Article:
The federal government is coming after your navigation apps

The distracted driving debate is about to get a bit more interesting, as The New York Times is reporting that the U.S. Department of Transportation (DOT) is looking to step in and start regulating all in-car navigation devices -- including smartphone navigation apps that millions of Americans use on a daily basis.
A new bill proposal would give the National Highway Traffic Safety Administration (NHTSA) the authority to set guidelines for how smartphone apps provide in-car navigation services to drivers. The NHTSA is concerned that users can become distracted when using the current generation of apps, and that such apps should be regulated if further study determines them to be an actual “dangerous” distraction.
The proposed regulations would encompass popular navigation apps like Google Maps, Apple Maps, and Waze.

Google Maps
Representatives for technology companies are already balking at the proposed legislation. “They don’t have enough software engineers,” said Catherine McCullough, executive director of the Intelligent Car Coalition. “They don’t have the budget or the structure to oversee both Silicon Valley and the auto industry.”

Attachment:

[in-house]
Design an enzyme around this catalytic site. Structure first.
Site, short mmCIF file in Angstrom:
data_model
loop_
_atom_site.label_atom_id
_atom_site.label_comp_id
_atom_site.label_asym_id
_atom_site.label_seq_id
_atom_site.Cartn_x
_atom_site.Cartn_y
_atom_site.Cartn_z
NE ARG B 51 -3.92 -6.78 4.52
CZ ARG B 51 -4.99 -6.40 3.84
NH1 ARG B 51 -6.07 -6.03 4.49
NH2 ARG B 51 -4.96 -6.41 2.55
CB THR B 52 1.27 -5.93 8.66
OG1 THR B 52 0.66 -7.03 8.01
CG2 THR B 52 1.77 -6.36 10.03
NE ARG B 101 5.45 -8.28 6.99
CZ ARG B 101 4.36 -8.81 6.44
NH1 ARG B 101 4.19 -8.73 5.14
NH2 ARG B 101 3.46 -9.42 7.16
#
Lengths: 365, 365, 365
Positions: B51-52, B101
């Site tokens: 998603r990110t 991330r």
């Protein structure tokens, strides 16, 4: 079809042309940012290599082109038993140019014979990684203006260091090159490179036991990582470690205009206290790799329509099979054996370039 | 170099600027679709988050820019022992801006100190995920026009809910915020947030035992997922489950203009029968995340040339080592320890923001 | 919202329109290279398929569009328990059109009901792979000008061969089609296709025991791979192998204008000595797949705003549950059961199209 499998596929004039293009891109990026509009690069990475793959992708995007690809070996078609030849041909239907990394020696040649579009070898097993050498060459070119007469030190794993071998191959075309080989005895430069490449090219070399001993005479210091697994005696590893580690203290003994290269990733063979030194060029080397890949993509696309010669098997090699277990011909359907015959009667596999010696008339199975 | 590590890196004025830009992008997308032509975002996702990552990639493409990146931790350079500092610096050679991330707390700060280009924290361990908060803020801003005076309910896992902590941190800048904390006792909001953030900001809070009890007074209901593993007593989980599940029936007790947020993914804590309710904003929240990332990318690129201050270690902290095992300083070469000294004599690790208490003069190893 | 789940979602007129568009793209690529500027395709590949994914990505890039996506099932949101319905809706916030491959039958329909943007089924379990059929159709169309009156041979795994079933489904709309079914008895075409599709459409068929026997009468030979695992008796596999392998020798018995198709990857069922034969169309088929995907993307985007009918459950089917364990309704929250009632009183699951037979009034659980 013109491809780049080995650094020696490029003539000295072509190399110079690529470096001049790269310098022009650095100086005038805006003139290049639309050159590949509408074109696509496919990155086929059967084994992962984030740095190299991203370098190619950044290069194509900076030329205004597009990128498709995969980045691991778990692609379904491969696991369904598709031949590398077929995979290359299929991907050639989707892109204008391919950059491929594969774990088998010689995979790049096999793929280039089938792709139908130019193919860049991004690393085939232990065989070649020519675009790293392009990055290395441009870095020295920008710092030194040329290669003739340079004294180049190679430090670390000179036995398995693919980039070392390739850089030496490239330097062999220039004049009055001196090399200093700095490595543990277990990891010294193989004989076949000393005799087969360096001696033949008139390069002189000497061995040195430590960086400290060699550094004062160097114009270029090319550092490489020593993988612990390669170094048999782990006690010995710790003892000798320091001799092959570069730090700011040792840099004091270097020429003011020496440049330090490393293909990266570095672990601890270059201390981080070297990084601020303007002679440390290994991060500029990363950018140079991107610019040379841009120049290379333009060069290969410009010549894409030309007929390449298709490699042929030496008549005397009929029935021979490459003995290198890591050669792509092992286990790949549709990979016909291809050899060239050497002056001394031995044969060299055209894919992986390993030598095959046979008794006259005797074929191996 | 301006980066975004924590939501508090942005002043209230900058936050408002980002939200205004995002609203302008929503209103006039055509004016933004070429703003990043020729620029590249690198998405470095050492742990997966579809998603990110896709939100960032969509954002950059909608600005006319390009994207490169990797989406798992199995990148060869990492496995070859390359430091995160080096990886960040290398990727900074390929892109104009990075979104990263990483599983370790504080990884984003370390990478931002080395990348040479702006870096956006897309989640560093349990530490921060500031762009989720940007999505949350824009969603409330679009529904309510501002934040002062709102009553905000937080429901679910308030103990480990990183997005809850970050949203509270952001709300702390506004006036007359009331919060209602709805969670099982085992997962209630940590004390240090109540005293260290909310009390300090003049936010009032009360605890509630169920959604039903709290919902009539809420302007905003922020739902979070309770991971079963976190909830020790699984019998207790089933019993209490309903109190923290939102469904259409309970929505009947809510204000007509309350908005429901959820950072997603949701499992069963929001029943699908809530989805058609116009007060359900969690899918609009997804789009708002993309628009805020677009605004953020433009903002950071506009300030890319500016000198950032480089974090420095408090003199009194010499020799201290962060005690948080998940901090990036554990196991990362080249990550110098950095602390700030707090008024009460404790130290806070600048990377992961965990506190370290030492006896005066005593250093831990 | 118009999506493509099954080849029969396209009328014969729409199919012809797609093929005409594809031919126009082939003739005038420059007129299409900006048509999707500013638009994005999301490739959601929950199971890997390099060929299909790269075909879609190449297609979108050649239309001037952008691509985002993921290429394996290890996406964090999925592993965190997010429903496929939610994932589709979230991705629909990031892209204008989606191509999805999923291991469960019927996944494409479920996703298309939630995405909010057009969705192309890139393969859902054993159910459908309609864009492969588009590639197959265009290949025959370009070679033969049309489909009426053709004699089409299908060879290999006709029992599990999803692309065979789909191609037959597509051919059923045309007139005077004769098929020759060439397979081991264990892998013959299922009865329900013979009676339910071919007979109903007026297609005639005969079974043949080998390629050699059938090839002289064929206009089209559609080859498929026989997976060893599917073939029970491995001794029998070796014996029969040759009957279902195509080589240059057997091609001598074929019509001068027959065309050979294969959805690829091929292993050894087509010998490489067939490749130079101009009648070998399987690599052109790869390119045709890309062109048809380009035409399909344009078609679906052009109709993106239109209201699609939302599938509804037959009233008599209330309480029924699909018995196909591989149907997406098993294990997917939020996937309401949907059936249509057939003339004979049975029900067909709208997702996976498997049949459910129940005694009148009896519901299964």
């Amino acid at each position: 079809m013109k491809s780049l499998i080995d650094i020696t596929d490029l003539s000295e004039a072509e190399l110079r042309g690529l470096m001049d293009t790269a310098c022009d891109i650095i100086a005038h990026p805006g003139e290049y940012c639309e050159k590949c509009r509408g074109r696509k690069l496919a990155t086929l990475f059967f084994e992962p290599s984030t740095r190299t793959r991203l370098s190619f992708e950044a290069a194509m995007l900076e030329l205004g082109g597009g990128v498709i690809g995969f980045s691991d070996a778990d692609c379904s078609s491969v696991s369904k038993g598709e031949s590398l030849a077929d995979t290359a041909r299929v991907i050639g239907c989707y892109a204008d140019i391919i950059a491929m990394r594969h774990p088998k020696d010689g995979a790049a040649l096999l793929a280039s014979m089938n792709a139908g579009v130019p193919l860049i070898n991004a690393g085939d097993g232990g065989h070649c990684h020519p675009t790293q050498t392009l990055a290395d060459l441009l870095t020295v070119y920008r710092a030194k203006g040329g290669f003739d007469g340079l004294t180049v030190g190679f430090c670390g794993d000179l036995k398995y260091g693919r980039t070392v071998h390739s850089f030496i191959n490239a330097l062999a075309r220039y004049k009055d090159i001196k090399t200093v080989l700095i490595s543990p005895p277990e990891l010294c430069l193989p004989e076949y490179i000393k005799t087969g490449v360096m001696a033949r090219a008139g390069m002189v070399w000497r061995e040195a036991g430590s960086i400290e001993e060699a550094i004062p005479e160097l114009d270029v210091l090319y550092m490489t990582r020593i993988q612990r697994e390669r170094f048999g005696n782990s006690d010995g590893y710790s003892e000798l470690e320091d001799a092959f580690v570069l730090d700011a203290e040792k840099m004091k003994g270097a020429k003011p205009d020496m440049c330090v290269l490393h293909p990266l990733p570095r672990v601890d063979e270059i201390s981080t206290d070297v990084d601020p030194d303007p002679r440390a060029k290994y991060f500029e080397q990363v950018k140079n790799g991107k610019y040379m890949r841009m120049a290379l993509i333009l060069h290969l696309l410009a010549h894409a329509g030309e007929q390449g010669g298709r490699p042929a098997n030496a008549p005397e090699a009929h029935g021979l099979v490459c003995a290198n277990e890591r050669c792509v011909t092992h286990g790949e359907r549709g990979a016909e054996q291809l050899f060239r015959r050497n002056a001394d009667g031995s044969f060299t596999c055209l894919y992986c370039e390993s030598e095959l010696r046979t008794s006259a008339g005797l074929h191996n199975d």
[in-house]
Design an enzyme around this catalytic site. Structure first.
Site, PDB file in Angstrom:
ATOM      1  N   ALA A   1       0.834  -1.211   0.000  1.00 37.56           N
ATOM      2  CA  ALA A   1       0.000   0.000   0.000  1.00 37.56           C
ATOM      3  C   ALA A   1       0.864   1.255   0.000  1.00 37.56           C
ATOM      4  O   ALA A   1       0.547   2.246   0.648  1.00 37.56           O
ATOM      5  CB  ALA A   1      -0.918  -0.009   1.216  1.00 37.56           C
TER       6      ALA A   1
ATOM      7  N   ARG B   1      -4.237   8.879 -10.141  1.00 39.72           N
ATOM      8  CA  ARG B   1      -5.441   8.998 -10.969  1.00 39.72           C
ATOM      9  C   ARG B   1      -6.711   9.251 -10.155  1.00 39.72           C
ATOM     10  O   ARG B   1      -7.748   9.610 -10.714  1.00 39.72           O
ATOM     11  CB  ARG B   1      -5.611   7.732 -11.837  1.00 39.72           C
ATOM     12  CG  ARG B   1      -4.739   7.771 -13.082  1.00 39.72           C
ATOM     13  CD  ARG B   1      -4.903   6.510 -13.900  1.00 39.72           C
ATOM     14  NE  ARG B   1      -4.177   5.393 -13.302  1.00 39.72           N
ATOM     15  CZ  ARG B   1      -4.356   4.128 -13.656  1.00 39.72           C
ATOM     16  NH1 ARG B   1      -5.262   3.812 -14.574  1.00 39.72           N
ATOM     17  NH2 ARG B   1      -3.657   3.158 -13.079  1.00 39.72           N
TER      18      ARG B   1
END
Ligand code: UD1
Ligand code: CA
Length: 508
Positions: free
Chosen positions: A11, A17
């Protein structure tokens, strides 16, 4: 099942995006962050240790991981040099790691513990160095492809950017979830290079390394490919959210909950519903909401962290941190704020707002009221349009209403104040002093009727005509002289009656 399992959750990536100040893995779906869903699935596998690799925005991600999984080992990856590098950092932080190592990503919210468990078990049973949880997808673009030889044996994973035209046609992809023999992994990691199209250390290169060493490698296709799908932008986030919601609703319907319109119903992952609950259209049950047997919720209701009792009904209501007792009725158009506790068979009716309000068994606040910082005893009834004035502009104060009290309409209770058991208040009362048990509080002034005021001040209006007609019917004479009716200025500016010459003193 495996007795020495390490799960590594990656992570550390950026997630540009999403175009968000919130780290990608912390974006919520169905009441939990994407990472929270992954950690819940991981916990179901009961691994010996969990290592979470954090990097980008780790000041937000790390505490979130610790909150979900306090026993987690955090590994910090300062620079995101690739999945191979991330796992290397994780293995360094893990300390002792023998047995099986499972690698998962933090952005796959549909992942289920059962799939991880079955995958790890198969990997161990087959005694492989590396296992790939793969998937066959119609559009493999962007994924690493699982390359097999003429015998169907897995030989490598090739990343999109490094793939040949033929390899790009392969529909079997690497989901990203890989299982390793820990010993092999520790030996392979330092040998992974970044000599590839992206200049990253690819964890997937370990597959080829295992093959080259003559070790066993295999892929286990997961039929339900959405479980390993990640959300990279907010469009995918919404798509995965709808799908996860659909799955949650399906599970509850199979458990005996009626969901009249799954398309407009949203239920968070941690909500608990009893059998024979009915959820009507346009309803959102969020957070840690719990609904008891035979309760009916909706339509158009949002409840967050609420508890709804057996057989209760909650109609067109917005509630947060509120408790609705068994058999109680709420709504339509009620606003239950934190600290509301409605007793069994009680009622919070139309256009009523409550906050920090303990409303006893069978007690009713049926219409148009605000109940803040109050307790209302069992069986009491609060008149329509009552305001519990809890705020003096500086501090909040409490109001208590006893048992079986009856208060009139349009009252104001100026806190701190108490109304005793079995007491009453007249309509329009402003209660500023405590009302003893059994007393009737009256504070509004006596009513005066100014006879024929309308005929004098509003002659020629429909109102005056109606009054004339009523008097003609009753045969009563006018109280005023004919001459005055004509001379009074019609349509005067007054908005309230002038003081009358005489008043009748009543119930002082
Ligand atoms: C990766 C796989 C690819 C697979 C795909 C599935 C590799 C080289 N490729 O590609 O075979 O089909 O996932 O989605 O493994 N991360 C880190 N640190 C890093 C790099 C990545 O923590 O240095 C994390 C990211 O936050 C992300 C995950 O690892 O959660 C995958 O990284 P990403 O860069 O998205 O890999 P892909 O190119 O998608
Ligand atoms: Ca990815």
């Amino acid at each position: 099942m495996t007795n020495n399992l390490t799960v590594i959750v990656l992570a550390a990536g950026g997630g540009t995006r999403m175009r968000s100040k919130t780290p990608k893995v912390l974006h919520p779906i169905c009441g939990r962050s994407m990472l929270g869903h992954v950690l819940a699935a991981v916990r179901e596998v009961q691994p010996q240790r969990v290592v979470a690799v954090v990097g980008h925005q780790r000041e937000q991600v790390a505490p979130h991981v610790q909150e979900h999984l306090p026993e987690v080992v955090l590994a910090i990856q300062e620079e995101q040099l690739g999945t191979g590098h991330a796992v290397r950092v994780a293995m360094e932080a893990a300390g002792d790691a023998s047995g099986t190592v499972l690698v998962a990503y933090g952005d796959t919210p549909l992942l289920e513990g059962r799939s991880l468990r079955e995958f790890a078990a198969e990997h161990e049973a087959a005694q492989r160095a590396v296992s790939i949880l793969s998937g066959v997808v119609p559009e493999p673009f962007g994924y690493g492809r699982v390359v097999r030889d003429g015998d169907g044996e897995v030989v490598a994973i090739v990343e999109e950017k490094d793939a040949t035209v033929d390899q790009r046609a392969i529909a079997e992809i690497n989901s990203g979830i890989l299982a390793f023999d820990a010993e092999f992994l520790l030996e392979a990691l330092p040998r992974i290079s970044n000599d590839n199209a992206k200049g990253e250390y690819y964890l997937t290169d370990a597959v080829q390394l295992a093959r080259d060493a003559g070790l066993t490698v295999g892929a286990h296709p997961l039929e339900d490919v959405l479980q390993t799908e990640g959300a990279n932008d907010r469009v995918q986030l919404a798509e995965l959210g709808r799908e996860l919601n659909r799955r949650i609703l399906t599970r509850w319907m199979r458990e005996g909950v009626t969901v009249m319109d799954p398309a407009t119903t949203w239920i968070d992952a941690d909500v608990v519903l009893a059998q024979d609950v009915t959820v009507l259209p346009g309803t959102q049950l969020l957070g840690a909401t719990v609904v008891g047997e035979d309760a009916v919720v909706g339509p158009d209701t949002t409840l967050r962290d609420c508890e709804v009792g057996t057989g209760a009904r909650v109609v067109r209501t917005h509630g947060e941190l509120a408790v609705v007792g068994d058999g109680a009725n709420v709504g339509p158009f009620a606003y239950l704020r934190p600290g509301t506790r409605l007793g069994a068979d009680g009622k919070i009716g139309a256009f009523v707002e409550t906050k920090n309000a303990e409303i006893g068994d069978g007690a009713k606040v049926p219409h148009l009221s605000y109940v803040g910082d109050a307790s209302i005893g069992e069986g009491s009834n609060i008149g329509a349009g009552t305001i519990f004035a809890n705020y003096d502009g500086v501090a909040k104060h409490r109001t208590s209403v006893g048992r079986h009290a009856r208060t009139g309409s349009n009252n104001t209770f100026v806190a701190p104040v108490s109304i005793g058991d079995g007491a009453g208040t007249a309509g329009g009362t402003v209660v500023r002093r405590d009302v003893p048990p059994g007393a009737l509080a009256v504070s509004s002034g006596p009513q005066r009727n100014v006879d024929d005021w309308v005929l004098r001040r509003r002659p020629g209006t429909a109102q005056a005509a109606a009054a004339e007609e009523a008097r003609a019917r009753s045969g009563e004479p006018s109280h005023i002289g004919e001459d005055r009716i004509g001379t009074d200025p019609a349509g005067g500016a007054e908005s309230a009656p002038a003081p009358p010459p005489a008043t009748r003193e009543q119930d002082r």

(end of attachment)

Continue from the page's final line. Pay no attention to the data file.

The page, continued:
Not surprisingly, automobile manufacturers are fully behind the government on this proposal, as many already voluntarily adhere to strict guidelines regarding distracted driving (this is why navigation-equipped vehicles pop up a warning screen when you start of the vehicle, or lock you out from entering in a new destination or changing a waypoint while the vehicle is in motion).
Gloria Bergquist, a spokeswoman for the Alliance of Automobile Manufacturers, added, “We believe that if you’re looking at a smaller screen, that’s less effective than looking at a larger screen on the dashboard.”
Auto manufacturers would also love to see the playing field leveled, as more and more drivers are forgoing navigation packages on vehicles -- which can run into the thousands of dollars -- in favor of their smartphones. And there’s also the fact that smartphone navigation apps and maps are updated much more frequently than in-car navigation systems (and who wants to pay $100 for a map update DVD) and provide a greater feature set than even the most advanced in-car systems can muster.

Source: The New York Times

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